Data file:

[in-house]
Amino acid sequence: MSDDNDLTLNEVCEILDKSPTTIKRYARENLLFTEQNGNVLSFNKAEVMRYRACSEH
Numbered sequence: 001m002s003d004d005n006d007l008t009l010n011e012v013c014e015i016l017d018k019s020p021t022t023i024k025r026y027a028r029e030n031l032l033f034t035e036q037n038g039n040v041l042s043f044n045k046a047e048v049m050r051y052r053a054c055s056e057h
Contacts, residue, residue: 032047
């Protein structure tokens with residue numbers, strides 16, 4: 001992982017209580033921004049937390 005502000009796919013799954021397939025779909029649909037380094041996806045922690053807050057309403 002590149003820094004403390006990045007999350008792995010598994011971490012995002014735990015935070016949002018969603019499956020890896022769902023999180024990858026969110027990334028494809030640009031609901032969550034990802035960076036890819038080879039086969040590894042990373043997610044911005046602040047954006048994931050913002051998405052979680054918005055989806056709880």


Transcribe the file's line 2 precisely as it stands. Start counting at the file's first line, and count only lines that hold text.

Amino acid sequence: MSDDNDLTLNEVCEILDKSPTTIKRYARENLLFTEQNGNVLSFNKAEVMRYRACSEH